There's this new piece of old wood in my home. It's a simple piece of wood, really - a flat 1 inch thick board, with raised sides nailed in, though worn down from the years of use. This was my great grandmother's baking board. I never met her - she died the year before I was born. I've heard stories of her for my entire life, I have some of her sewing things, I share her genes. But each time I stand at this old and worn board, I'm so grateful to know her a little bit more.
She was a mother parenting alone most of the time, deep in rural Maine in the depression. So very poor - struggling to clothe her children, struggling to feed them, and moving often because they simply couldn't afford to live anywhere. A mother of six children. A strong, spirited and brave mother of six children. Her moments spent kneading bread on this board were probably like the days of her life - likely full of much anguish and worry. I'd like to think - and I believe from the stories of her - that there were also moments of tremendous joy, strong faith, great humor, and deep love for her children. I can imagine her at this board, kneading the daily bread, rolling it, shaping it and providing sustenance for her family - through tears, frustration, solitude, conversations, and laughter all alike. Motherhood. Life.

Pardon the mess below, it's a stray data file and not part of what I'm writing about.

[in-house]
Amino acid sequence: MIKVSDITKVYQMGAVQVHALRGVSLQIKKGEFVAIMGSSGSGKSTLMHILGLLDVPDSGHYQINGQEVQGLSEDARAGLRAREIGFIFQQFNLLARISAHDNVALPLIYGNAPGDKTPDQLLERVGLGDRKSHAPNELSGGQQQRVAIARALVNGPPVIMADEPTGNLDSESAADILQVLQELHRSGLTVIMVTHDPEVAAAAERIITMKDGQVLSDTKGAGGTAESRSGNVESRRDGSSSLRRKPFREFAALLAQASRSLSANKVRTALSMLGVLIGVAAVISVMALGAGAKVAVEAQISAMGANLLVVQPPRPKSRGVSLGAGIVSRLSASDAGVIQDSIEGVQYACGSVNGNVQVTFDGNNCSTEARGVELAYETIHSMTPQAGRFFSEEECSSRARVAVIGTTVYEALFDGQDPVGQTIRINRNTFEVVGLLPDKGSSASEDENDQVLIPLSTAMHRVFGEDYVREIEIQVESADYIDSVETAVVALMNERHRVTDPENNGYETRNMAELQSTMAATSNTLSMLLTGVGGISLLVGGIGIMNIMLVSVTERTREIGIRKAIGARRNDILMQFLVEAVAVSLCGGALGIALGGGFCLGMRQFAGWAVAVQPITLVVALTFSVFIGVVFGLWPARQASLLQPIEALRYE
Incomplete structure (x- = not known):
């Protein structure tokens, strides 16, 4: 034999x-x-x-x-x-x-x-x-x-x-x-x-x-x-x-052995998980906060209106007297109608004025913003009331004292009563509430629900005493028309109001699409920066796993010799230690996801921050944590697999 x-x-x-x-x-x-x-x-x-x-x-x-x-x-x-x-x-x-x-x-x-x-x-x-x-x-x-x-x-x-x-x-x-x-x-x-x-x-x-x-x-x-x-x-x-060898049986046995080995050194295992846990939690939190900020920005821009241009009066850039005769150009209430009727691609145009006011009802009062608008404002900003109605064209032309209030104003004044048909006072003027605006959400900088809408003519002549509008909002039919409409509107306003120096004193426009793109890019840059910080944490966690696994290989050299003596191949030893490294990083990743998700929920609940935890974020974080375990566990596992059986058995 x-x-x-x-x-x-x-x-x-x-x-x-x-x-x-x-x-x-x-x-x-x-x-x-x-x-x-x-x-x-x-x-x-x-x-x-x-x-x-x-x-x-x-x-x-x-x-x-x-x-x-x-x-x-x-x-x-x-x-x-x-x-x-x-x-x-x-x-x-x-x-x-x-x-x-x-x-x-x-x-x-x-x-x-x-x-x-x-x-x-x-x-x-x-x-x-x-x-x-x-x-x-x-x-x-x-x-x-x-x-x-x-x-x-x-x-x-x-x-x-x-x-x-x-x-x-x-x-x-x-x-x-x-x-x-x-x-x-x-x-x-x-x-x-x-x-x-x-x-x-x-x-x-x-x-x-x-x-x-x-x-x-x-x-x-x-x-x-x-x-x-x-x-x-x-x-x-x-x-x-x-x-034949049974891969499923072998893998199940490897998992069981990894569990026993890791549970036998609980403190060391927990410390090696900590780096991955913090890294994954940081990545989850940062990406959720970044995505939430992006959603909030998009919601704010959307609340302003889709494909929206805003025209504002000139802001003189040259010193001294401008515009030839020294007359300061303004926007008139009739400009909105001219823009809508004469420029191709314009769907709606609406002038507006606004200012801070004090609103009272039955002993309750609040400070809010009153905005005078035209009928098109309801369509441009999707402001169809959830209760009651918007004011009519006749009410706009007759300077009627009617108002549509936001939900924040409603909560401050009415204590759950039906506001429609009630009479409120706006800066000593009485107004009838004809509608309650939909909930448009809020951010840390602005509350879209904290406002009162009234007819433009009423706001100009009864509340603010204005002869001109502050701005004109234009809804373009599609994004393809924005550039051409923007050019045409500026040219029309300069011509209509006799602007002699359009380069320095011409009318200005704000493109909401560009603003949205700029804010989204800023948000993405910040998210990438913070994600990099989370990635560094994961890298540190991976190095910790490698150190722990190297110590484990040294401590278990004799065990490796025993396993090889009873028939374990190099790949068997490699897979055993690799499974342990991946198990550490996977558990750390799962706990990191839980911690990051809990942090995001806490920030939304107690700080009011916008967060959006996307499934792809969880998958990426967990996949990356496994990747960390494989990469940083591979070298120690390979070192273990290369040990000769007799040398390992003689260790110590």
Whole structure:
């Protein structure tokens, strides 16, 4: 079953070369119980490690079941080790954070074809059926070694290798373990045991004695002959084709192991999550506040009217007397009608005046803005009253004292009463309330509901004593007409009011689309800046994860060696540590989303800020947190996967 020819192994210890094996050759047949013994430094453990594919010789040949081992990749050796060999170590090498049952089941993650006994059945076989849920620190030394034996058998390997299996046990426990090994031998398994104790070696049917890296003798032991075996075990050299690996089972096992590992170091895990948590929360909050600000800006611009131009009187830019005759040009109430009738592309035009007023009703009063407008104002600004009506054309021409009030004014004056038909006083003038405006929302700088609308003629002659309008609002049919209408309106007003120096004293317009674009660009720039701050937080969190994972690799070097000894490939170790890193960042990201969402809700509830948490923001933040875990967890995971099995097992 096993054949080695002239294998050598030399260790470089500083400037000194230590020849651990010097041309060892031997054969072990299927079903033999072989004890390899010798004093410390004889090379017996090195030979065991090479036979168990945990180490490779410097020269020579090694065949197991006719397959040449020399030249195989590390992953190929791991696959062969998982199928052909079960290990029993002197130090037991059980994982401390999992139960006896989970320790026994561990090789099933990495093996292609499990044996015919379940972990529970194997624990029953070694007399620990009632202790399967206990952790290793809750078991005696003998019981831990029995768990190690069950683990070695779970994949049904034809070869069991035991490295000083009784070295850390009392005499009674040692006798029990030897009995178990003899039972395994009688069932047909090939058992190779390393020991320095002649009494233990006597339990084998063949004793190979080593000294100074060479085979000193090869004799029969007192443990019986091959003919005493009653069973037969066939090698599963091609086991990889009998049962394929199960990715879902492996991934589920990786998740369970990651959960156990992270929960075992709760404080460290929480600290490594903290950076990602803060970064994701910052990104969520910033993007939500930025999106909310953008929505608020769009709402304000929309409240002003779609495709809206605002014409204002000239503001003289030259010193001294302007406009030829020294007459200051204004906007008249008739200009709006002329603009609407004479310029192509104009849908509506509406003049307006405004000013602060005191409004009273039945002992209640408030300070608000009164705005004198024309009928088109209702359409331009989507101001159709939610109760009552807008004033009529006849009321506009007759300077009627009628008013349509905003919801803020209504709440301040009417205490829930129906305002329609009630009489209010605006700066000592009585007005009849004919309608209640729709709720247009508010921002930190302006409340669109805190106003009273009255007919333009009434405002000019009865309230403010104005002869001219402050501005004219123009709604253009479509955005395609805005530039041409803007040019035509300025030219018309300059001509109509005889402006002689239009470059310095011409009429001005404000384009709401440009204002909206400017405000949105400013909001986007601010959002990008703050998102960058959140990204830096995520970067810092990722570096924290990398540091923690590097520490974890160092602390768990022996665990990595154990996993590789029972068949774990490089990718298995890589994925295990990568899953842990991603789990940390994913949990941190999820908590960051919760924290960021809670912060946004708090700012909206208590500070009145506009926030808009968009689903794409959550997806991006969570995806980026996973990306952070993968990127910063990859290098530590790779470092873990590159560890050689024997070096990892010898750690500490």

This board is quite sacred to me, as is the act of making bread upon it. Kneading the dough that will become my family's evening bread, I think about her. I think about her life and mine, and how different they are. How grateful I am for what I have and why it is that I have it. But I also think about how very much we share in common. The anguish, the tears, the joy and the laughter of motherhood and of life - I know these things, too. Making bread by hand - especially as a symbol for what I do as a mother - can sometimes feel like a chore that will never end, sometimes a respite full of healing, and sometimes, a gift I can't stop myself from giving to those I love. I imagine she felt the same way.